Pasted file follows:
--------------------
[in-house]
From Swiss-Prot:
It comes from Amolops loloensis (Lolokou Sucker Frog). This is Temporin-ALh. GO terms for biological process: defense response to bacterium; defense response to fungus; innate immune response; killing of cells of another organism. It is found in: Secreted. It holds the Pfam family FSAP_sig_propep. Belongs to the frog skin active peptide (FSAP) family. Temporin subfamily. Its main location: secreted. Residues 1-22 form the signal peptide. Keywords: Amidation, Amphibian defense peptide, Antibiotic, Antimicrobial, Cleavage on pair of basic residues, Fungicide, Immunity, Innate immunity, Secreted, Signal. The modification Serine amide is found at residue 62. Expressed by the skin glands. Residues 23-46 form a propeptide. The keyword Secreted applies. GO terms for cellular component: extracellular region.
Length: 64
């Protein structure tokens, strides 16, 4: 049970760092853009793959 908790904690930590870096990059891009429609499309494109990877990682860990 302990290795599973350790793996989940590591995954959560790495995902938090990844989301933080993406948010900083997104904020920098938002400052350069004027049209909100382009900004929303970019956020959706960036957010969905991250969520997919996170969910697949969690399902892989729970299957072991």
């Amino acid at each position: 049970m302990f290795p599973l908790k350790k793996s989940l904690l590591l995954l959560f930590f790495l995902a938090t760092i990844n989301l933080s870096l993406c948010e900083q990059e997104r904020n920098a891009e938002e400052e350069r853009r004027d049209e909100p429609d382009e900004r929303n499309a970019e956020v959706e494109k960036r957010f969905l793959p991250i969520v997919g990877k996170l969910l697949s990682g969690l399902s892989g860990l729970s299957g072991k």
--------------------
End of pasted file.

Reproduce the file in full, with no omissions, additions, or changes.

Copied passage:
[in-house]
From Swiss-Prot:
It comes from Amolops loloensis (Lolokou Sucker Frog). This is Temporin-ALh. GO terms for biological process: defense response to bacterium; defense response to fungus; innate immune response; killing of cells of another organism. It is found in: Secreted. It holds the Pfam family FSAP_sig_propep. Belongs to the frog skin active peptide (FSAP) family. Temporin subfamily. Its main location: secreted. Residues 1-22 form the signal peptide. Keywords: Amidation, Amphibian defense peptide, Antibiotic, Antimicrobial, Cleavage on pair of basic residues, Fungicide, Immunity, Innate immunity, Secreted, Signal. The modification Serine amide is found at residue 62. Expressed by the skin glands. Residues 23-46 form a propeptide. The keyword Secreted applies. GO terms for cellular component: extracellular region.
Length: 64
């Protein structure tokens, strides 16, 4: 049970760092853009793959 908790904690930590870096990059891009429609499309494109990877990682860990 302990290795599973350790793996989940590591995954959560790495995902938090990844989301933080993406948010900083997104904020920098938002400052350069004027049209909100382009900004929303970019956020959706960036957010969905991250969520997919996170969910697949969690399902892989729970299957072991």
């Amino acid at each position: 049970m302990f290795p599973l908790k350790k793996s989940l904690l590591l995954l959560f930590f790495l995902a938090t760092i990844n989301l933080s870096l993406c948010e900083q990059e997104r904020n920098a891009e938002e400052e350069r853009r004027d049209e909100p429609d382009e900004r929303n499309a970019e956020v959706e494109k960036r957010f969905l793959p991250i969520v997919g990877k996170l969910l697949s990682g969690l399902s892989g860990l729970s299957g072991k």